A question lawyers representing insureds often must answer when preparing for trial in a first-party property insurance claim is, “In what capacity can I use the public adjuster as a witness?” In Pennsylvania, the Court of Common Pleas for Lycoming County has stated that a public adjuster on a contingent fee may not testify as an expert.

The case, Everett Cash Mutual Inssurance Company v. Gibble,1 dealt with the carrier’s Motion to Preclude Expert Testimony. The insureds’ home suffered damage as a result of a soot being emitted from their furnace. The insureds filed a claim with their insurance carrier, who they allege improperly handled the claim and ultimately hired a public adjuster to assist them. The insureds’ contract with the public adjuster agreed to, “pay a contingent fee comprising a certain percentage ‘of the amount paid by the insurance companies in settlement of the loss and necessary expenses.’”2

The carrier made several supplemental payments, “including one which it offered as payment in full satisfaction of the claim, which payment [the insureds] refused to accept.” After the last payment was rejected, the carrier filed the case, “seeking a declaratory judgment that it had fulfilled all of its obligations under the insurance contract.” The insureds filed a counter-claim alleging breach of contract and bad faith. During litigation, the insureds, sought to introduce the testimony of their public adjuster as an expert witness. In response, the carrier filed the motion to exclude.

The carrier argued, “[the public adjuster] must be precluded from testifying as an expert in this case inasmuch as the contingent fee arrangement gives him a pecuniary interest in the outcome of the proceedings and to allow his testimony would be against public policy.” In making their assertions, the carrier cited, Belfonte v. Miller, where the Superior Court of Pennsylvania noted:

[T]he long established rule of law [was] that a special contract to pay more than the regular witness fees in ordinary cases is void for want of consideration and as being against public policy, and Section 552 of the Restatement of Contracts, which provides…: a bargain to pay an expert witness for testifying to his opinion a larger sum than the legal fees provided for other witnesses is illegal only if the agreed compensation is contingent on the outcome of the controversy.3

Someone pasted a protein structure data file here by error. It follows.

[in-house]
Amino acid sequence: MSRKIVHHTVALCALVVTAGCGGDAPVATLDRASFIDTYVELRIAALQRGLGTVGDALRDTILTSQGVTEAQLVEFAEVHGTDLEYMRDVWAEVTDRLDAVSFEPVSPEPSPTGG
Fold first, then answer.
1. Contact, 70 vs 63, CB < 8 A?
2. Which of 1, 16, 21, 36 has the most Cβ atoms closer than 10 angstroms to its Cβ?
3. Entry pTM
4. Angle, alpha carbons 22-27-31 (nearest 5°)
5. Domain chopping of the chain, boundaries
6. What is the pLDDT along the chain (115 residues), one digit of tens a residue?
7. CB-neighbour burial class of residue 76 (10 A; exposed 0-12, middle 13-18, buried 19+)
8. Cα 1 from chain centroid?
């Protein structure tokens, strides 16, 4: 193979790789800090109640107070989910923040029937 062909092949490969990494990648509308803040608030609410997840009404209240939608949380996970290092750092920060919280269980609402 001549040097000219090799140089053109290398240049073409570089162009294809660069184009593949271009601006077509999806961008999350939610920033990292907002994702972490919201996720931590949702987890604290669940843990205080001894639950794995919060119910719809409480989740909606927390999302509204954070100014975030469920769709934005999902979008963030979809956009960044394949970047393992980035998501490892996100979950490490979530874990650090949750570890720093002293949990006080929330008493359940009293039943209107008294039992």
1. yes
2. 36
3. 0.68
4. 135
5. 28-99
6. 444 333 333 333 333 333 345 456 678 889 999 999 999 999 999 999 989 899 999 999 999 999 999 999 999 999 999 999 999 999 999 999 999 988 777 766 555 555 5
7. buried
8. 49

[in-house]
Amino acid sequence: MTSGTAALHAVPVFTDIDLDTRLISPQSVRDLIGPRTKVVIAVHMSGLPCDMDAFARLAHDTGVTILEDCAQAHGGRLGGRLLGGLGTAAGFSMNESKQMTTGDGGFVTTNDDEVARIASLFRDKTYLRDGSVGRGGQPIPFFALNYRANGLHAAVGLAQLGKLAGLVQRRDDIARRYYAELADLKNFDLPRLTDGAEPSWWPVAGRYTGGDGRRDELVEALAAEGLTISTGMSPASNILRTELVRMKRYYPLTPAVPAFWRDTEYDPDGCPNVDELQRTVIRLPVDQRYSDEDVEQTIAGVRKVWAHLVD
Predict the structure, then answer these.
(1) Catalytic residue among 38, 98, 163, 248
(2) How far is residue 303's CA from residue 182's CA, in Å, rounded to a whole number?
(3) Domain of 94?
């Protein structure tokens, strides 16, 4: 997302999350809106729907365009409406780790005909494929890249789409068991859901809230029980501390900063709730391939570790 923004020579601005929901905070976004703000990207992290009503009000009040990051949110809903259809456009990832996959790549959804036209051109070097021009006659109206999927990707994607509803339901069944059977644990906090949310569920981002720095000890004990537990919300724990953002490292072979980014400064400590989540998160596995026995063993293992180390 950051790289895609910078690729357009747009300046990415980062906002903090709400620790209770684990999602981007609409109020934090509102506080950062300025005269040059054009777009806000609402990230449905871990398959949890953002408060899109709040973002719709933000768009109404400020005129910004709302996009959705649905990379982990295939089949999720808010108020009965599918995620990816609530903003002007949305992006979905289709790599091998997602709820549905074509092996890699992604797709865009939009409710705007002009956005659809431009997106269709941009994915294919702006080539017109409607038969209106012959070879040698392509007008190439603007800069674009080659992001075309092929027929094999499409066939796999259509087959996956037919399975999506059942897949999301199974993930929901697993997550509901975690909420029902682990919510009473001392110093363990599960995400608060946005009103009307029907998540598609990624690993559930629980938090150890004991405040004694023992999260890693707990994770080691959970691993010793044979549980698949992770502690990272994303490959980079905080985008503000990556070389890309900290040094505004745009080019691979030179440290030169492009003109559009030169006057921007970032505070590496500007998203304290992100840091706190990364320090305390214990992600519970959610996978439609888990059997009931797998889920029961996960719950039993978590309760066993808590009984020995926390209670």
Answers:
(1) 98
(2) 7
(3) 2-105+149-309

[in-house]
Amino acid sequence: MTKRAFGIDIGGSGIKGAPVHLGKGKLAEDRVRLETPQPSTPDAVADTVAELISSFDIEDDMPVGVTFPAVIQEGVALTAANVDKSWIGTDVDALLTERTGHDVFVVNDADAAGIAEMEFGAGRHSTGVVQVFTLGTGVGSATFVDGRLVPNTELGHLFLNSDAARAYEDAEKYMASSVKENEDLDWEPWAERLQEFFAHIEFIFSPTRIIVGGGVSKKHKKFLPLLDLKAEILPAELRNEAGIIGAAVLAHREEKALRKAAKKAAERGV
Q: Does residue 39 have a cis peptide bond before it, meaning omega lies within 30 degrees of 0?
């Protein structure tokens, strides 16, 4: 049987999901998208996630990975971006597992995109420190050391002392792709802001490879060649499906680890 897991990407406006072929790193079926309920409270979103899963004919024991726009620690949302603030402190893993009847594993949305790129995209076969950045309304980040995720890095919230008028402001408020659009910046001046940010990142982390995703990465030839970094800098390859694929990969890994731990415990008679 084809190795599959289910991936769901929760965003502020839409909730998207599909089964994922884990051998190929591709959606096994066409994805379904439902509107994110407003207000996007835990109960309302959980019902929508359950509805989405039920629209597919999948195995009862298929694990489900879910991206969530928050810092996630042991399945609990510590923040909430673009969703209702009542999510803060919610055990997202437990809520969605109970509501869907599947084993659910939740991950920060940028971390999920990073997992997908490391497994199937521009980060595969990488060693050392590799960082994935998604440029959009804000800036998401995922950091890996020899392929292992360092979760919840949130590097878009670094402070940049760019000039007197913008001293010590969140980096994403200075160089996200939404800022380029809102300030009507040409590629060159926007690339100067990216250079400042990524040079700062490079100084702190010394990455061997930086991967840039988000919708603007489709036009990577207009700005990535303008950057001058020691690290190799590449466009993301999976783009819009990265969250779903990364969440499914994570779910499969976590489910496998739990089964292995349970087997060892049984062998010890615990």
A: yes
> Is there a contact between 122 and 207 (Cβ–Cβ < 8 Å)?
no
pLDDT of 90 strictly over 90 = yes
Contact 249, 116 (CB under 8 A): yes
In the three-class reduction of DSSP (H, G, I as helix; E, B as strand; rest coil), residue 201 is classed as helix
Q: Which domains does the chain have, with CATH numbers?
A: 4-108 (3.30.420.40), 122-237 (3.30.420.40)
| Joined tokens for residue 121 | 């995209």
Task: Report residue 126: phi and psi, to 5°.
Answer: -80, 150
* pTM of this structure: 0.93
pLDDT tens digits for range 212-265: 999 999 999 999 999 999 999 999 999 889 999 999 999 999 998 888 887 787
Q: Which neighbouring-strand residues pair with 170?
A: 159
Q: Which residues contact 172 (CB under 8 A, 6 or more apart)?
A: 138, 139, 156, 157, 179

The insureds attempted to distinguish Belfonte, which dealt with a contingent fee agreement entered after litigation had been commenced from their public adjuster contract entered prior to the commencement of litigation. The trial court disagreed and cited In re Mushroom Transportation Co., Inc., Debtor, where the District Court for the Eastern District of Pennsylvania, “rejected an attempt at distinguishing the case before it from Belfonte on the grounds the litigation did not commence until sometime subsequent to the entry of the arrangement, ” finding it was likely litigation had at least been contemplated at the time the contract was signed.4

Last, the insureds argued that the public adjuster was, “acting as an expert in his role as a consultant, at the rate of $75 per hour, and only his work as a public adjuster is subject to the contingent fee agreement.” The court again disagreed with the insureds, and found the, “attempt to segregate [the public adjuster’s] work as an expert witness from his work as a public adjustor ’merely one of form.’” In making their determination, the court cited another case, Creative Dimensions in Management, Inc. v. Thomas Group, Inc., which stated:

Jurors, however, routinely take and assess the testimony of parties and person related to them who have a direct financial interest in the outcome of a case. With many witnesses and, of course, parties, interest is unavoidable. An expert however, whose only relevance is his expertise, should not have that expertise flawed.5

This decision was reaffirmed by the trial court on September 29, 2004, when the insurer’s Motion for Post Trial Relief was denied.6

This decision will keep public adjusters retained on a contingent fee basis from testifying as experts in Pennsylvania. However, public adjusters are still permitted to testify as fact witnesses and can provide invaluable testimony for their clients in that role.

As always, I’ll leave you with a (very mildly) related tune. Here is Pennsylvania’s own Hall & Oates with You Make My Dreams Come True:

1 Everett Cash Mutual Ins. Co. v. Gibble, et al., No. 01-01, 640, 2004 WL 5149339 (Pa.Com.Pl. May 14, 2004).
2 Id. at 1.
3 Id. at 2 citing Belfonte v. Miller, 243 A.2d 150, 153 (Pa. Super. 1968). (internal citations omitted).
4 Everett Cash Mutual Ins. Co., at 2 citing In re Mushroom Transportation Co., Inc., Debtor, 70 B.R. 416 (E.D. Pa. 1987).
5 Id. at 2 citing Creative Dimensions in Management, Inc. v. Thomas Group, Inc., 1999 U.S. Dist. LEXIS 2757 (E.D. Pa. 1999).
6 Everett Cash Mutual Ins. Co. v. Gibble, et al., 2004 WL 5149338 (Pa.Com.Pl. September 29, 2004).